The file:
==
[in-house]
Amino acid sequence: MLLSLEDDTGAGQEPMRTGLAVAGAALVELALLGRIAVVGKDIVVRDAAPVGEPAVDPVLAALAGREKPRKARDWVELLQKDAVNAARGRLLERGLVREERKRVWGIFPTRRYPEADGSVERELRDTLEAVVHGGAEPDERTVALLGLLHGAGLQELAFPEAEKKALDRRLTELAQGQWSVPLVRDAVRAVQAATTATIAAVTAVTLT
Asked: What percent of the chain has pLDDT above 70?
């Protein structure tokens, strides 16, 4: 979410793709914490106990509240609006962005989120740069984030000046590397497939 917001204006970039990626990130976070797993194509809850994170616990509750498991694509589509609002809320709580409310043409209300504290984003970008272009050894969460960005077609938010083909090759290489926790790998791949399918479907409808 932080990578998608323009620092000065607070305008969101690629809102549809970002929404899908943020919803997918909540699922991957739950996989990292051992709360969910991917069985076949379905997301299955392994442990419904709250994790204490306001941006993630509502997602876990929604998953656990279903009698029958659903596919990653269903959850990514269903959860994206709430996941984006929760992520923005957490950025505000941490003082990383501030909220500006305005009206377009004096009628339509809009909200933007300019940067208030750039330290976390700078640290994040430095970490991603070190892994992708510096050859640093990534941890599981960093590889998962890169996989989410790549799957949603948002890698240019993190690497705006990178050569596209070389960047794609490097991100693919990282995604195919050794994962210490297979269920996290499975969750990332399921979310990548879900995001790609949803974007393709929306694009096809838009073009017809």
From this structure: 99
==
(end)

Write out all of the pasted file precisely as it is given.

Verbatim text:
[in-house]
Amino acid sequence: MLLSLEDDTGAGQEPMRTGLAVAGAALVELALLGRIAVVGKDIVVRDAAPVGEPAVDPVLAALAGREKPRKARDWVELLQKDAVNAARGRLLERGLVREERKRVWGIFPTRRYPEADGSVERELRDTLEAVVHGGAEPDERTVALLGLLHGAGLQELAFPEAEKKALDRRLTELAQGQWSVPLVRDAVRAVQAATTATIAAVTAVTLT
Asked: What percent of the chain has pLDDT above 70?
């Protein structure tokens, strides 16, 4: 979410793709914490106990509240609006962005989120740069984030000046590397497939 917001204006970039990626990130976070797993194509809850994170616990509750498991694509589509609002809320709580409310043409209300504290984003970008272009050894969460960005077609938010083909090759290489926790790998791949399918479907409808 932080990578998608323009620092000065607070305008969101690629809102549809970002929404899908943020919803997918909540699922991957739950996989990292051992709360969910991917069985076949379905997301299955392994442990419904709250994790204490306001941006993630509502997602876990929604998953656990279903009698029958659903596919990653269903959850990514269903959860994206709430996941984006929760992520923005957490950025505000941490003082990383501030909220500006305005009206377009004096009628339509809009909200933007300019940067208030750039330290976390700078640290994040430095970490991603070190892994992708510096050859640093990534941890599981960093590889998962890169996989989410790549799957949603948002890698240019993190690497705006990178050569596209070389960047794609490097991100693919990282995604195919050794994962210490297979269920996290499975969750990332399921979310990548879900995001790609949803974007393709929306694009096809838009073009017809």
From this structure: 99